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Old 05-06-2018, 02:33 PM
 
10,699 posts, read 3,742,867 times
Reputation: 4683

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Just took a look at the Opendoor repurchase agreement. Somewhat of a misnomer. It is much more of an "asis" purchase agreement. Basically the buyer holds the seller free of any responsibility other than the repurchase agreement. But the only way that works is the buyer has to move in within 30 days, claim the place is unsuitable within that period and move back out within in 45 days of the close of escrow. And the buyer gets nailed for the costs of the original sale including the commissions.

I am waiting on the paperwork. Should be interesting to see what they do about tying all this stuff into the standard purchase agreement. I am inclined to suggest to the client that they decline the guarantee and go with the standard agreement. I suspect though that will not fly with open door.

The client is reasonably capable (mature financial types) and may proceed anyway. I think they may be willing to buy off the inspection and their own views of the property.
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Old 05-06-2018, 09:30 PM
 
Location: Texas
202 posts, read 118,161 times
Reputation: 407
Quote:
Originally Posted by projectmaximus View Post

That is also very interesting to know, thanks for sharing. I thought they strived for very bland, standard homes that wouldn't carry too many variables into the marketplace. Interesting to hear that most of them actually had obstacles that would make them difficult to sell.

Do you think these homes were priced well considering the work that needed to be done? Was the value still there and you just didnt like them cause you aren't interested in doing the work yourselves?
I suspect that they would like the bland, standard homes like you say. And, maybe in some markets they could get them. I just think that in the market I am buying in houses like that sell very easily, quickly so there may be less motive for a seller to try to use Open Door. That is, a huge advantage of Open Door is that you as a seller don't have to do a lot of work to get your house ready to sell and you don' t have to keep your house show ready for potentially weeks or even months depending on your market. But -- if you are in a market where a move in ready house is under contract in less than a week usually then that advantage of Open Door may not be valuable enough to give up the possibility of getting multiple offers.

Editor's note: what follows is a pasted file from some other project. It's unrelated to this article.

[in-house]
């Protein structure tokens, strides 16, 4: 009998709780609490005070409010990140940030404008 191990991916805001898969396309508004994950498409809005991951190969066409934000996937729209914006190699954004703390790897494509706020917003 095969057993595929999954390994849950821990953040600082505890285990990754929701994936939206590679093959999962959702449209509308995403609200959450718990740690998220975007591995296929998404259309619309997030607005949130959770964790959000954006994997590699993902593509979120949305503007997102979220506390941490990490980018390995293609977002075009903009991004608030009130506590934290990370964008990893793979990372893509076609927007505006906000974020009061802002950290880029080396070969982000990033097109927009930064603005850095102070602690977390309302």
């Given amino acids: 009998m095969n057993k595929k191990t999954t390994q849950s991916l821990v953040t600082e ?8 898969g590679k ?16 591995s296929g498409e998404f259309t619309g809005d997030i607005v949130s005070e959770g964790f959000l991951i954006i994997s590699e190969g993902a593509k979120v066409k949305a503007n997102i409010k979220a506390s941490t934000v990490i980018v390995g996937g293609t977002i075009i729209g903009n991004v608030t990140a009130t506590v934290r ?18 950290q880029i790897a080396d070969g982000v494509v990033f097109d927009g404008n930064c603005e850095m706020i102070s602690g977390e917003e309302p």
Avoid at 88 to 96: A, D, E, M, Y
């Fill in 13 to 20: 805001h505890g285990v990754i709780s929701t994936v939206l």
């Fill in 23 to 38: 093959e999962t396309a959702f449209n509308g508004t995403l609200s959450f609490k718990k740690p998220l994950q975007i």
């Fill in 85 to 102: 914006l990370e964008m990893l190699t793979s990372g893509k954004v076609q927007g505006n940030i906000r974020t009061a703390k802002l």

On the pricing -- I thought some of the houses were reasonably priced given the work that needed to be done. And I did notice that most of those houses sold quickly. I saw a couple of houses that I felt needed much, much more work than was reflected in the price and saw that they were on the market for months.

Another odd thing about Open Door was that they in some cases did do some work to update the house but it was very hit and miss and often didn't address major issues. It was sort of a why bother kind of thing. The house needed $100k in updates and they had put in a cheap granite in the kitchen on top of ancient cabinets.
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Old 05-07-2018, 07:59 AM
 
Location: Miami-Jax
5,787 posts, read 6,339,183 times
Reputation: 3118
Yeah sounds like a lot of the REOs from a number of years ago: random decisions on rehab.

Good to see that they have some priced right and theoretically a win-win-win.
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Old 05-07-2018, 08:05 AM
Status: "Finally Done With C-D BYE BYE" (set 13 days ago)
 
Location: LEAVING CD
22,947 posts, read 21,473,086 times
Reputation: 15430
Quote:
Originally Posted by lvmensch View Post